Book Review: White Time by Margo Lanagan

Every Monday, I'll be doing spoiler-free, bite-sized book reviews.
In the collection White Time, Lanagan writes with a clear, distinctive style that's not spoon-feeding but rather challenges the reader in a good way. Her text is multi-layered and works on multiple levels, at the same time narrating an interesting speculative fiction story whether it's using the tropes of science fiction or fantasy. This book features ten stories and each is unique and different. The feature story, "White Time", is the opener for this publication and Lanagan combines a strong sci-fi concept with grounded, complex characters. In fact, this piece sets the mood for the rest as it shows that one of Lanagan's strengths is writing compelling characters and human drama. Another favorite is "The Boy Who Didn't Yearn" which takes place in an urban setting except for the fact that the protagonist has a particular trait that sets her apart from other people. Again, character is Lanagan's biggest asset in this story as she establishes the personal conflict of the protagonist. The ambiguity of the ending is warranted and justified, giving it an atmosphere of surrealism. The last story I want to draw attention to is "Wealth" which is the most "conventional" story in the collection yet it tugs the reader at all the right places despite the alien setting. What impressed me with White Time is how it's a good example of a short story collection that dares to be different and unique yet at the same time is grounded by character. Lanagan combines style and technique to deliver an interesting read that's both exciting and literary.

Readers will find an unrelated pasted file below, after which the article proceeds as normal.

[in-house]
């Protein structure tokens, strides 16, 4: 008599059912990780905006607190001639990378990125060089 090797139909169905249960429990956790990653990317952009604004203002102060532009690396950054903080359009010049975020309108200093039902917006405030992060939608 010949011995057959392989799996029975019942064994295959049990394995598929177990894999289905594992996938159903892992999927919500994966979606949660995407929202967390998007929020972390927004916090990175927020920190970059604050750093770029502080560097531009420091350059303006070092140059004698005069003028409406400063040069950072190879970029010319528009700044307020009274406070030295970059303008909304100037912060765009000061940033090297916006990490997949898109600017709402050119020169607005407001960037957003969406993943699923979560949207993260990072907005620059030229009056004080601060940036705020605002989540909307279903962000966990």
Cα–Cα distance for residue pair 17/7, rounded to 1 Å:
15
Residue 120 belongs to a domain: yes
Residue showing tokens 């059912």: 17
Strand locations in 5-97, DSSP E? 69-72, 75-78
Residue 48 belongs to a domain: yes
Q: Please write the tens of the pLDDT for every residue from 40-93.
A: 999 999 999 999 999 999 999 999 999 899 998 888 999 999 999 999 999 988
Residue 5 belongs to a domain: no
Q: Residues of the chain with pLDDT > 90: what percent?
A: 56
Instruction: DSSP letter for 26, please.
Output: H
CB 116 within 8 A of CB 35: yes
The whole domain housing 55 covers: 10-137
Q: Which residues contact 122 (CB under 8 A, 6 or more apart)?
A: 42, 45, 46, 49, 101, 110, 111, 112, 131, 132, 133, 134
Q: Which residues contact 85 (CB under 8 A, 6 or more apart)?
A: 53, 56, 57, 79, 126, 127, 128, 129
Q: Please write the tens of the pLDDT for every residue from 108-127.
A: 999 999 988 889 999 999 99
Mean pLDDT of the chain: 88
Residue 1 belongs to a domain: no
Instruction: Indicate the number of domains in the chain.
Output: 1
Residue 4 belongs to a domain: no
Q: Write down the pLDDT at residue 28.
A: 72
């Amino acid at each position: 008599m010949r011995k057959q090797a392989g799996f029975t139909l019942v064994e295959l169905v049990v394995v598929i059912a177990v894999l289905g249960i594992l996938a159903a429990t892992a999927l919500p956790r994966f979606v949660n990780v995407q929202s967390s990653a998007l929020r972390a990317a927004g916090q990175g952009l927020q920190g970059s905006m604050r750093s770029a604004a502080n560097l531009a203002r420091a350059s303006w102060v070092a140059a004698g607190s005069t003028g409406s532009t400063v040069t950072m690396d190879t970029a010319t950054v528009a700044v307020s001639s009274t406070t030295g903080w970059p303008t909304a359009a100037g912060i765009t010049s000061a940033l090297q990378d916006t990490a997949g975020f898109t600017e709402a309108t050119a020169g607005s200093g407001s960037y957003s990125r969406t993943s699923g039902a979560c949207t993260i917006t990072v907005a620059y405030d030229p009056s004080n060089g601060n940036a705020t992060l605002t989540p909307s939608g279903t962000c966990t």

Rating: 3.5/5.

Rating System:

1 - There are better ways to spend your time.
2 - Ho hum books, usually typical of its genre. Probably only recommendable to die-hard fans.
3 - A cut above the rest, usually with one or more elements that sets it apart from the norm.
4 - Highly recommended and is easily a pioneer of the genre.
5 - A classic or it will be.